The In Situ Combustion Research Team

2006 Winner: Innovation In Oil Sands Research Sponsored By Syncrude Canada Ltd.

With Alberta’s oil sands projected to produce two million barrels per day by 2010, researchers continue to explore sustainable methods for the recovery of heavy oil and bitumen. Recently, the In Situ Combustion Research Team with the Schulich School of Engineering at the University of Calgary made technical advances pointing to in situ combustion (ISC) as a process worthy of consideration.

The ISC process uses a wall of fire, driven by the injection of air or oxygen, to force the oil through the reservoir toward a well where it can be more easily extracted. The benefits of this method are that it does not require the vast amounts of water required for current methods, and compared to steam injection it has significantly higher energy efficiency and substantial environmental benefits.

While the process was patented in 1923 and has been successful in the laboratory, success in the field has been somewhat elusive to date. The team’s focus has been on ways to improve the in situ combustion enhanced oil recovery method, and minimize its risks.

The team has been conducting its research for more than 30 years, and from its formation in 1974 until the late 1990s, the group carried out leading-edge research. In 1998 when BP merged with Amoco, the University of Calgary was selected as the location for a state-of-the-art BP Air Injection Research Laboratory.

Through its research, the team has proven that in situ combustion is very technical and unforgiving, and the process cannot be mishandled. Researchers discovered that many operators of unsuccessful Canadian projects did not inject enough air into the wells for the process to function properly.  Another significant finding was that the reaction temperature must be at least 350°C to efficiently mobilize the oil and reduce the likelihood of low-temperature oxidation reactions.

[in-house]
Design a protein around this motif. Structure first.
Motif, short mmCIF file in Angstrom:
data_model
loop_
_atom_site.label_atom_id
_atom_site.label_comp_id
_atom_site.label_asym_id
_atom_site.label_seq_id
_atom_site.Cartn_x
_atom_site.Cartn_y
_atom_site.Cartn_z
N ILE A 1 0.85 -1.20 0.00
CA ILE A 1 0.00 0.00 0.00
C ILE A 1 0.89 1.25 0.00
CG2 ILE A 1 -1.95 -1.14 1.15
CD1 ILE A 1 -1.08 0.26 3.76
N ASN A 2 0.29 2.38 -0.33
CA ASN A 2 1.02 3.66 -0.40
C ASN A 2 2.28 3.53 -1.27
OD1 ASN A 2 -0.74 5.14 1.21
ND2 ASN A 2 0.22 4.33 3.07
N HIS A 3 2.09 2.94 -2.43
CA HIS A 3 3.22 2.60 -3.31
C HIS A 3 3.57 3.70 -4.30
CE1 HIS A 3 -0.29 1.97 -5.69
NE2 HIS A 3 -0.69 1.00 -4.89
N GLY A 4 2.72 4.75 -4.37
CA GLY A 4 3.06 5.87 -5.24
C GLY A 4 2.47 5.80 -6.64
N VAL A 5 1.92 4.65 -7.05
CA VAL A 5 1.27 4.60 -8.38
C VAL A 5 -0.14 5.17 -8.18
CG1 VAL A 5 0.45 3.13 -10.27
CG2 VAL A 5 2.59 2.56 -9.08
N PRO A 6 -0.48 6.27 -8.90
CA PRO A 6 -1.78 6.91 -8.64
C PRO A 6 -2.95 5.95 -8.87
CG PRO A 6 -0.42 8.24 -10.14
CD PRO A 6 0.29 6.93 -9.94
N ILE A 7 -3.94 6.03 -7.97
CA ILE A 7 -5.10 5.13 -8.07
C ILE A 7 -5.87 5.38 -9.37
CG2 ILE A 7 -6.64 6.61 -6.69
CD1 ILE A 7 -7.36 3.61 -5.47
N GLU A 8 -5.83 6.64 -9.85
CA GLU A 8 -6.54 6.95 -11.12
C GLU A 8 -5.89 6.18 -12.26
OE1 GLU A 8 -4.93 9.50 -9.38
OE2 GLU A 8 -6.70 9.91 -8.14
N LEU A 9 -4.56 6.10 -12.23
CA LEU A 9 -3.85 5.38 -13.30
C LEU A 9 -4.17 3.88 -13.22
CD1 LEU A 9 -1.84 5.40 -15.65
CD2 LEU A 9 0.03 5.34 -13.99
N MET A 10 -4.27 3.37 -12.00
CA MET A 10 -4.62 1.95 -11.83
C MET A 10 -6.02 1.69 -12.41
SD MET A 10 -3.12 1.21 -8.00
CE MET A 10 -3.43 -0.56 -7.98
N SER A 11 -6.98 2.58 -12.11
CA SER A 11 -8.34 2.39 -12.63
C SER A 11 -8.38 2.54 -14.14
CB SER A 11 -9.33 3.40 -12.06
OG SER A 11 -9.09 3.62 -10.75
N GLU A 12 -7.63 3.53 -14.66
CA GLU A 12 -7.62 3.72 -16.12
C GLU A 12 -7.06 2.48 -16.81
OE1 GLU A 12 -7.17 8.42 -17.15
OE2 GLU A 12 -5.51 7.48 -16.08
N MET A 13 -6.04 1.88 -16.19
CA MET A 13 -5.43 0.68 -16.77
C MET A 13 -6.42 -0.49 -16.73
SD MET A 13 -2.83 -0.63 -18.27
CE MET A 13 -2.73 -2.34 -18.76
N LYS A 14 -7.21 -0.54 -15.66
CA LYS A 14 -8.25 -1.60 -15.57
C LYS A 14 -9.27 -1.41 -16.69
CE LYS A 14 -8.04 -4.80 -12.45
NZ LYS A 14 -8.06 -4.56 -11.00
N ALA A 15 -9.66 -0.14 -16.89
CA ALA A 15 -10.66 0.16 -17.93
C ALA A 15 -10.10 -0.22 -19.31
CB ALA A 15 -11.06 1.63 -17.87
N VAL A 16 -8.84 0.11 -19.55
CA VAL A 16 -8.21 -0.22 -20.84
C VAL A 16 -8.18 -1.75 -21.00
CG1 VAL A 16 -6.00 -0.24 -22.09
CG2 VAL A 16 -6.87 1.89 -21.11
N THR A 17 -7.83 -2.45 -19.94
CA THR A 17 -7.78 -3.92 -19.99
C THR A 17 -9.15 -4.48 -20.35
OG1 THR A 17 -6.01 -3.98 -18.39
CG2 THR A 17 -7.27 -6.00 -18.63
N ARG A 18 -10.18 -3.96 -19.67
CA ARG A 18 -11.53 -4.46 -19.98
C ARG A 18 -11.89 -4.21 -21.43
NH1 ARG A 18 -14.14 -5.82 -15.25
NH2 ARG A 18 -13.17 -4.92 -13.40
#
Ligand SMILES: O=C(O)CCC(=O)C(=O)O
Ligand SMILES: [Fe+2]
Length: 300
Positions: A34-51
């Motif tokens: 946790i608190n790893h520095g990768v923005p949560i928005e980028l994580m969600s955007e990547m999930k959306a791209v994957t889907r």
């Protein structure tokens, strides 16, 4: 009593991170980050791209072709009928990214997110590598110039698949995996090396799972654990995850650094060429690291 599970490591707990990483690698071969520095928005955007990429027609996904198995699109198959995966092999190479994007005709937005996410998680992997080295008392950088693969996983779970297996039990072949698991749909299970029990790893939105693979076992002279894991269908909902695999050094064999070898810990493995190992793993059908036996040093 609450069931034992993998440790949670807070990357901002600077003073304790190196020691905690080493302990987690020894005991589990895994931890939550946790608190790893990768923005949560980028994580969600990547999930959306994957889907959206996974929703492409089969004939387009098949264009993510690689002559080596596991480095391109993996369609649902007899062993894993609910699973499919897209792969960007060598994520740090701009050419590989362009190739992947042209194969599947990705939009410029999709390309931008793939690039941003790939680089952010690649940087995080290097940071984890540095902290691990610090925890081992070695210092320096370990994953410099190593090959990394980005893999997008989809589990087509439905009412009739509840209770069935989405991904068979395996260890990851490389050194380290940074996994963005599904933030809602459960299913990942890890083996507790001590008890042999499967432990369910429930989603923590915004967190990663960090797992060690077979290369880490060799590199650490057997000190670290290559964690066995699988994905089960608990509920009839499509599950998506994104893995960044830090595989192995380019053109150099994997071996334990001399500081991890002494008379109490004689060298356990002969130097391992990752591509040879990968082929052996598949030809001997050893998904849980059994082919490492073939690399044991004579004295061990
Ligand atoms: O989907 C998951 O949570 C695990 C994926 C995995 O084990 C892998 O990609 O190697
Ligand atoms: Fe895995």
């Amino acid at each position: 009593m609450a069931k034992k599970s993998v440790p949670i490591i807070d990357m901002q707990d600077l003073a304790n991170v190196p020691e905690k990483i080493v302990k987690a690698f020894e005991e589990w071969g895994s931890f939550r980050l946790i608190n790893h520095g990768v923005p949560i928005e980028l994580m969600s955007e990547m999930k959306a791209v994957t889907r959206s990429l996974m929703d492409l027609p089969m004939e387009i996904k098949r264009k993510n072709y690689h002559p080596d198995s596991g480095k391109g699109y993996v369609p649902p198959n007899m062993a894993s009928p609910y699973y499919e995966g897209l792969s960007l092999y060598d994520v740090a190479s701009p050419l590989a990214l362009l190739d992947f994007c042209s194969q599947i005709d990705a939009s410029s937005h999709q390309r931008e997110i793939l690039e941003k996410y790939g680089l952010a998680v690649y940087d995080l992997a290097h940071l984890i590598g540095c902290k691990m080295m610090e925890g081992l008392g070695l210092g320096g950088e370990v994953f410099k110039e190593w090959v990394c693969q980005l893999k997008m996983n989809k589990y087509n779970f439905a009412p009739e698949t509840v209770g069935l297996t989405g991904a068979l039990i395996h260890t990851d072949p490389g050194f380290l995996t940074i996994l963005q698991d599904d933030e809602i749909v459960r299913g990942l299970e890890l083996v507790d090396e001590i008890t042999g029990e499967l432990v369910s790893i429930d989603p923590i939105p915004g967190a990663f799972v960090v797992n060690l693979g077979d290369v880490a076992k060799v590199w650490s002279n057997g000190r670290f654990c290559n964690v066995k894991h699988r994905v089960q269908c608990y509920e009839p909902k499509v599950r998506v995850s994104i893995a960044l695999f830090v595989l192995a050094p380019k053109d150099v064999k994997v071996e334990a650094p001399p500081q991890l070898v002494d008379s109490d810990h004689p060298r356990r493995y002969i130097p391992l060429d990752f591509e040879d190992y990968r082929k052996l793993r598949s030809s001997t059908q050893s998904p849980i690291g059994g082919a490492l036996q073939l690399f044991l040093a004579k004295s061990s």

Team members have also investigated the economics of the process compared with steam assisted gravity drainage (SAGD). While front-end costs for ISC are in some cases higher, the operating costs and source water requirements should be lower. ISC also has the potential to obtain additional oil recovery as a follow up to steam exploitation.

Today, the In Situ Combustion Research Team consists of about 30 people including eight research associates and 20 graduate students led by the University of Calgary’s Dr. Gordon Moore and Dr. S.A. (Raj) Mehta, both internationally recognized leaders in the area of in situ combustion technology. Together they have helped to establish over 20 international research and educational partnerships around the globe from China to Peru, bringing benefits to both the University and the Canadian oil industry.